|Not the same car the video was shot from, but a Blower Bentley at LeMans: close enough|
Here's a fun video invoking the days when tires were skinny and drivers were fat. The Bentley 4.5 liter lacked synchromesh on all gears:
I dimly recalled that the most iconic Bentley of them all didn't win LeMans--the race it was built for. (It has often seemed to me that the British fascination with LeMans in the '30's, '40's, and '50's stemmed from Bentley's wins there in 1924, 1927, 1928, 1929, and 1930. And also because the U.K. couldn't field a competitive Formula 1 car in those decades.) So off I went to Wikipedia for the story of the Blower Bentley. Here's the link for those who want more:
It turns out that W.O. Bentley didn't approve of supercharging, which, by 1930, was commonly used by Alfa Romeo, Bugatti, and Mercedes-Benz for racing. W.O. wanted torque, which required cubic inches. He believed in big engines in big cars: 3, 4.5, and 6.5 liter fours and sixes. The standard 4.5 liter weighed 3600 lbs. This was the antithesis of the Alfas and Bugattis of the day and led to a notable passive-aggressive put-down by Ettore Bugatti: "Monsieur Bentley builds excellent trucks." (Bentley was not opposed to high-tech, though: the 4.5 liter had 4 valves per cylinder driven by an overhead cam.)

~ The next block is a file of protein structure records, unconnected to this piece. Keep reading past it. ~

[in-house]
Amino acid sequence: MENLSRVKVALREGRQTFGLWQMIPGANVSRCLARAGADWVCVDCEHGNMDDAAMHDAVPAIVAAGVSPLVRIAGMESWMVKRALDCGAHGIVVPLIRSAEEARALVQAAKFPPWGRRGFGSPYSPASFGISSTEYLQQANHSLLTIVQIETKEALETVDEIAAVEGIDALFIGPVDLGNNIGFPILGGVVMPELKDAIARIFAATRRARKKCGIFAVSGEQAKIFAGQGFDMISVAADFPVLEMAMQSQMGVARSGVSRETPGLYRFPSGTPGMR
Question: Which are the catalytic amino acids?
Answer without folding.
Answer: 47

One of the Bentley Boys, Tim Birkin, wanted more power for LeMans. Another, Woolf Barnato, had bought a considerable stake in Bentley, and was a Director. He agreed with Birkin, so W.O. couldn't prevent the project from going forward. They hired Villiers to design and build 5 Roots-type blower editions of the 4.5 for racing generally and LeMans in particular. But W.O. didn't have to cooperate, and he didn't. He refused to redesign the 4.5 to use a gear train to drive the supercharger. This resulted in the Blower Bentley's iconic look: the supercharger was visible without raising the hood, hung off the front of the engine between the frame rails.